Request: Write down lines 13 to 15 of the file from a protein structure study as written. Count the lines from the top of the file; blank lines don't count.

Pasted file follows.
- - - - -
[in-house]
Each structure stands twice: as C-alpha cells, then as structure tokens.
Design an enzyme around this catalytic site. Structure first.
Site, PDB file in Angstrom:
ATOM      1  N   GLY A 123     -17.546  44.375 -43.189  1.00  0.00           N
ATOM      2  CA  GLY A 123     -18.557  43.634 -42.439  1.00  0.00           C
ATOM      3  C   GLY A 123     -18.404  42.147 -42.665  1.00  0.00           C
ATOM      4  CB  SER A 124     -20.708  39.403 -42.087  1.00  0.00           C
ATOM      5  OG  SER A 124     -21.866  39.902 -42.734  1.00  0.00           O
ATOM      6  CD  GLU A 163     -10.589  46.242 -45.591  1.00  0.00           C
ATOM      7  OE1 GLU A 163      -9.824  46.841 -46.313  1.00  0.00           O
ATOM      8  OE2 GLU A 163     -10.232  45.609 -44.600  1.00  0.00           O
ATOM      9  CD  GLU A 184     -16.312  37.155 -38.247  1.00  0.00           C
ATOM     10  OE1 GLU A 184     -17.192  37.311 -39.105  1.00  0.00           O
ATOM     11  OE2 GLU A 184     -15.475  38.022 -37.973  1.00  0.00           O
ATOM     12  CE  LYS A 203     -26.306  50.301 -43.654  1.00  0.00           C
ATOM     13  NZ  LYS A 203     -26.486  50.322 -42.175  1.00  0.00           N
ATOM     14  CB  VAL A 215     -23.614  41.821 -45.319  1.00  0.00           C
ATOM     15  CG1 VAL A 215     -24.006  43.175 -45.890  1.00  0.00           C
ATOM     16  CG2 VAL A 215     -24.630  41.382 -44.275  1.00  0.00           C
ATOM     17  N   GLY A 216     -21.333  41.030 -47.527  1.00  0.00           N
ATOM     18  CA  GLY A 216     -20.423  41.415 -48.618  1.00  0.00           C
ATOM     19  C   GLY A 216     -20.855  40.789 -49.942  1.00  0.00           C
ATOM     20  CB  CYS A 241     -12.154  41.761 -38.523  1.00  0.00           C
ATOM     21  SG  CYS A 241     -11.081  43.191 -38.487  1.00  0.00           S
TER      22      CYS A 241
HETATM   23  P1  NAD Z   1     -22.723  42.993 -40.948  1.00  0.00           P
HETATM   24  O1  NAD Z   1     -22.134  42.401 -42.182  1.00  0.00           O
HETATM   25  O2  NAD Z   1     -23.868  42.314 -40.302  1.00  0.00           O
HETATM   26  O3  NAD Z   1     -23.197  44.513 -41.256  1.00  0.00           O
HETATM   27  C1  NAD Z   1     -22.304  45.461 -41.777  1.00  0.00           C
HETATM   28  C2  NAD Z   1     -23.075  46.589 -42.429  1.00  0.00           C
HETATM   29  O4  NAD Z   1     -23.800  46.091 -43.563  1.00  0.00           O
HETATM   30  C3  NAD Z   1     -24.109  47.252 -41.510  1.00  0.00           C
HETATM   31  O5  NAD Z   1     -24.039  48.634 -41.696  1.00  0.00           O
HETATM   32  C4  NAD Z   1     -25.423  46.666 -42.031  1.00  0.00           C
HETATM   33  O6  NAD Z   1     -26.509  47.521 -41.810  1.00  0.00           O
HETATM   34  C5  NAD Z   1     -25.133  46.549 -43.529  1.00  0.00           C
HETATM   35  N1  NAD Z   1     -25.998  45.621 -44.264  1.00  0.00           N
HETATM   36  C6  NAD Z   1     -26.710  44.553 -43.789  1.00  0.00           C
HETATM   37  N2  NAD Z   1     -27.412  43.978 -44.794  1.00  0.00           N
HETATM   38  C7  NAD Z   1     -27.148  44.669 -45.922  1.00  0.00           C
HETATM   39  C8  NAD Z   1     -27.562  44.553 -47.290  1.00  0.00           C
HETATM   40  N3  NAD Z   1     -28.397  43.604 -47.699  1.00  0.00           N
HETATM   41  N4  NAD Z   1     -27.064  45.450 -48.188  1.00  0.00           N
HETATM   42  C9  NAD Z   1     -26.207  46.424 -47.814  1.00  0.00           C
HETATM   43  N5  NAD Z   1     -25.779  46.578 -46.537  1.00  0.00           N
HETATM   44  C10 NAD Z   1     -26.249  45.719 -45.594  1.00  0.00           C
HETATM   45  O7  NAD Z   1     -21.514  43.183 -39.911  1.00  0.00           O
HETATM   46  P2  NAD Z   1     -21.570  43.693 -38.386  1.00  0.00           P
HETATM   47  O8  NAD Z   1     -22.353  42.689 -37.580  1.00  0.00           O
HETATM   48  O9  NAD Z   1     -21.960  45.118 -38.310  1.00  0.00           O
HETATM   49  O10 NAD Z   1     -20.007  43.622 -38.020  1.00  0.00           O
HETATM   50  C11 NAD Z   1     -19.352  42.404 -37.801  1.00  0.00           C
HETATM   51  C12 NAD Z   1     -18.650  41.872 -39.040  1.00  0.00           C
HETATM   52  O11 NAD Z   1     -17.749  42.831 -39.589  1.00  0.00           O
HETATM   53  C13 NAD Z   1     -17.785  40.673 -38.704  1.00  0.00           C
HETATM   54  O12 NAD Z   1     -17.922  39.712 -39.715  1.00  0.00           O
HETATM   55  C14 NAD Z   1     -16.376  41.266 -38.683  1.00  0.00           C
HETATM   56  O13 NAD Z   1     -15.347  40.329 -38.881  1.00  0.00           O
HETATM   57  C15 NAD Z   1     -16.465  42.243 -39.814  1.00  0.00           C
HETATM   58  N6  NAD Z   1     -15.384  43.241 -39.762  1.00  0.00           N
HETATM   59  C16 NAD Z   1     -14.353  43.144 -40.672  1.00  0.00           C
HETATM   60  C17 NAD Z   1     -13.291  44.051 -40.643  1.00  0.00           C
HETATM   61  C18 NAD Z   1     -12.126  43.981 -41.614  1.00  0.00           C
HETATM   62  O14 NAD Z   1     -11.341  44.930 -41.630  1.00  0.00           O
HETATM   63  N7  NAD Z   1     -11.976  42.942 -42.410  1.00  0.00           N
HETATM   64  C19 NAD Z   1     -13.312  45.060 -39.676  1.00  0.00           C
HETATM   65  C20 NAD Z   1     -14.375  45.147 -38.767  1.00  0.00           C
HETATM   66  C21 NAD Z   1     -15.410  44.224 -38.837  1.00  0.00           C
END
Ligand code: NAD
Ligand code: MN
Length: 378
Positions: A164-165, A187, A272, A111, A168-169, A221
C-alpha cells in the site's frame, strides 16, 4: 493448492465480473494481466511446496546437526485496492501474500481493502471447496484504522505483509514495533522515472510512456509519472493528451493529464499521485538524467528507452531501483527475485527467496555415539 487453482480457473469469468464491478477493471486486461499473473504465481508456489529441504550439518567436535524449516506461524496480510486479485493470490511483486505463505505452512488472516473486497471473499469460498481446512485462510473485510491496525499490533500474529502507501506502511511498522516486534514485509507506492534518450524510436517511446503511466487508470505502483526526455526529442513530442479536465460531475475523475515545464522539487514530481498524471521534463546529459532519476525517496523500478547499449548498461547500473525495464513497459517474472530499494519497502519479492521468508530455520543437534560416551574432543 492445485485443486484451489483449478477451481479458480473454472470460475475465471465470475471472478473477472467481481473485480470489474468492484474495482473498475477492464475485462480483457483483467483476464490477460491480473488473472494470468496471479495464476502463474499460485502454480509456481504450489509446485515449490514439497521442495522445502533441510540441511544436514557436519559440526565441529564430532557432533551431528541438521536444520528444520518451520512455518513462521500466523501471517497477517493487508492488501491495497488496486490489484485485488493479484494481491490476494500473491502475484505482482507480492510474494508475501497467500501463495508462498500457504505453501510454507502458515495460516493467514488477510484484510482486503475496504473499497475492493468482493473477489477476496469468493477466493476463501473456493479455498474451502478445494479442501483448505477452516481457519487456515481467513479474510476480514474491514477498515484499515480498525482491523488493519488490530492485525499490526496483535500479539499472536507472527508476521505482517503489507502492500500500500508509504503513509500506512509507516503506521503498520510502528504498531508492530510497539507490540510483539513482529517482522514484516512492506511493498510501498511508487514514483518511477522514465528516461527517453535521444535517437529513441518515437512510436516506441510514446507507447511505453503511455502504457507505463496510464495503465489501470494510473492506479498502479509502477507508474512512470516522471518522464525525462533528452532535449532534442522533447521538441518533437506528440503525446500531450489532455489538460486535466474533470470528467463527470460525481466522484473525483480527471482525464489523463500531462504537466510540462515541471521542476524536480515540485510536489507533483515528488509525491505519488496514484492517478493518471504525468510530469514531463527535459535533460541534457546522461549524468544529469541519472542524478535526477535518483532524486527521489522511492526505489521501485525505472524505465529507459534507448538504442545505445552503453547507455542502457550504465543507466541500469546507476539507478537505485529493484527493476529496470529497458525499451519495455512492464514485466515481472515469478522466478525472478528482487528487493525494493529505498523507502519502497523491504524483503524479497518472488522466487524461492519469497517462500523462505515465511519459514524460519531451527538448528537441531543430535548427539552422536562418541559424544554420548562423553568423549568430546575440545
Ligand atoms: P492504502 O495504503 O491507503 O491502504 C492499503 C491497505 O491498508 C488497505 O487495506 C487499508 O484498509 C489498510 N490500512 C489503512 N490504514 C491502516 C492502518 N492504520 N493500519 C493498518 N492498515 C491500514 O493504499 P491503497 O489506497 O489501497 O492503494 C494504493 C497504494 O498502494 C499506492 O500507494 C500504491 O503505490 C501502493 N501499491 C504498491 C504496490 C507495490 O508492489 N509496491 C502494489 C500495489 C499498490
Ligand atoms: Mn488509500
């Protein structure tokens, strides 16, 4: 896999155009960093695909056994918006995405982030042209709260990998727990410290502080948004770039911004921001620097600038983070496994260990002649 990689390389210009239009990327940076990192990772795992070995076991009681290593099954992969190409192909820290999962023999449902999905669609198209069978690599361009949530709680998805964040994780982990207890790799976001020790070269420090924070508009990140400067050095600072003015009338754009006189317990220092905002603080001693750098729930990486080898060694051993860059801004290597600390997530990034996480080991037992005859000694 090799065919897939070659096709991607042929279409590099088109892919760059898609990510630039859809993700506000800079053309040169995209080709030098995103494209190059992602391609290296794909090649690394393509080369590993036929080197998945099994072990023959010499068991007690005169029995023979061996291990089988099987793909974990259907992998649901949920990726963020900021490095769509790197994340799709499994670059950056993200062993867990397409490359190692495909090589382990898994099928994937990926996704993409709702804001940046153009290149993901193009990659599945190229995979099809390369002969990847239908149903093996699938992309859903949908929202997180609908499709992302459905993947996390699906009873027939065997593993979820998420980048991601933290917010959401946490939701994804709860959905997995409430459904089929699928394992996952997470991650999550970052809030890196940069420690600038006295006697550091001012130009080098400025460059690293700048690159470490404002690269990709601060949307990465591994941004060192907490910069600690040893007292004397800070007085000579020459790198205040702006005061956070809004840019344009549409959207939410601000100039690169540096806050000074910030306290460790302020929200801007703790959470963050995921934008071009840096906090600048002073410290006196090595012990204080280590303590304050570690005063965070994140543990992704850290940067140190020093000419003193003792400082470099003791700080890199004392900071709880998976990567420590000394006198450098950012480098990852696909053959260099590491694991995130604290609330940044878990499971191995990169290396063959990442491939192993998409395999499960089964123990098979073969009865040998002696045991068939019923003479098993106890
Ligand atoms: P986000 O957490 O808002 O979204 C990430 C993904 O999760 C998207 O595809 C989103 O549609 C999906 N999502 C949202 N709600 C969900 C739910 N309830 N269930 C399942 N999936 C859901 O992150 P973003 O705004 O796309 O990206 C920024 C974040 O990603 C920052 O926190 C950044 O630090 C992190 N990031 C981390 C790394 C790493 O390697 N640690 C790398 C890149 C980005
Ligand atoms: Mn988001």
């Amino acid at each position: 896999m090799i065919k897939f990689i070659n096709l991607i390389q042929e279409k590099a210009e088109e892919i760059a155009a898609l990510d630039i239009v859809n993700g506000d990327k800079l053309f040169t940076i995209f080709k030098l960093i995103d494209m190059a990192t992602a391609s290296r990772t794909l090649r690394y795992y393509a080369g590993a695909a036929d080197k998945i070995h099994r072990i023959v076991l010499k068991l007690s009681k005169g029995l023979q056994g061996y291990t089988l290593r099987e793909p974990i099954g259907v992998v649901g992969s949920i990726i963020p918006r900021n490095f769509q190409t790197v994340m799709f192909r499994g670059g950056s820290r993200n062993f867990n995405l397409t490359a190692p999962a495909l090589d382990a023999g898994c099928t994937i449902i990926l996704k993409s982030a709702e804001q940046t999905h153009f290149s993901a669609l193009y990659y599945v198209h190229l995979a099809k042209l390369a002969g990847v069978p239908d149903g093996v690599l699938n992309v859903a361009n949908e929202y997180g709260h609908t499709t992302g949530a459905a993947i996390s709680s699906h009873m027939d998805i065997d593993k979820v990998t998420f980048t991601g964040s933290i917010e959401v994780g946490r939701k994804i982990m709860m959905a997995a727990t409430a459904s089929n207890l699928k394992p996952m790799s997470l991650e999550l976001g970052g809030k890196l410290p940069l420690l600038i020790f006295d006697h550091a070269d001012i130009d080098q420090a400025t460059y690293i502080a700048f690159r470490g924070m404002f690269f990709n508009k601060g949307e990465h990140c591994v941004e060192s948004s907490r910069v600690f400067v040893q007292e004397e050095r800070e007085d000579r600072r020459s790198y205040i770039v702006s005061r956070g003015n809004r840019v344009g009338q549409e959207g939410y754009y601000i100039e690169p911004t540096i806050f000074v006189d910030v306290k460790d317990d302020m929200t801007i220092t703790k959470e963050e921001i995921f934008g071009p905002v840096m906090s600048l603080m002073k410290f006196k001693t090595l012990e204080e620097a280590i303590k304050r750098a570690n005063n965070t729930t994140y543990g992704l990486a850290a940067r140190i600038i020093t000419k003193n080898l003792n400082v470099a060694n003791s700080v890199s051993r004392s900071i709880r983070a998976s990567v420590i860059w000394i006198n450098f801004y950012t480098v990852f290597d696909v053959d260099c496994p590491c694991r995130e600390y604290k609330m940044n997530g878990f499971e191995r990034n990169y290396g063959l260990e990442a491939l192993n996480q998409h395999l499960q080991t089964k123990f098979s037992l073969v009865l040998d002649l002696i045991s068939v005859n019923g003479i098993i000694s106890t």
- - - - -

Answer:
ATOM      9  CD  GLU A 184     -16.312  37.155 -38.247  1.00  0.00           C
ATOM     10  OE1 GLU A 184     -17.192  37.311 -39.105  1.00  0.00           O
ATOM     11  OE2 GLU A 184     -15.475  38.022 -37.973  1.00  0.00           O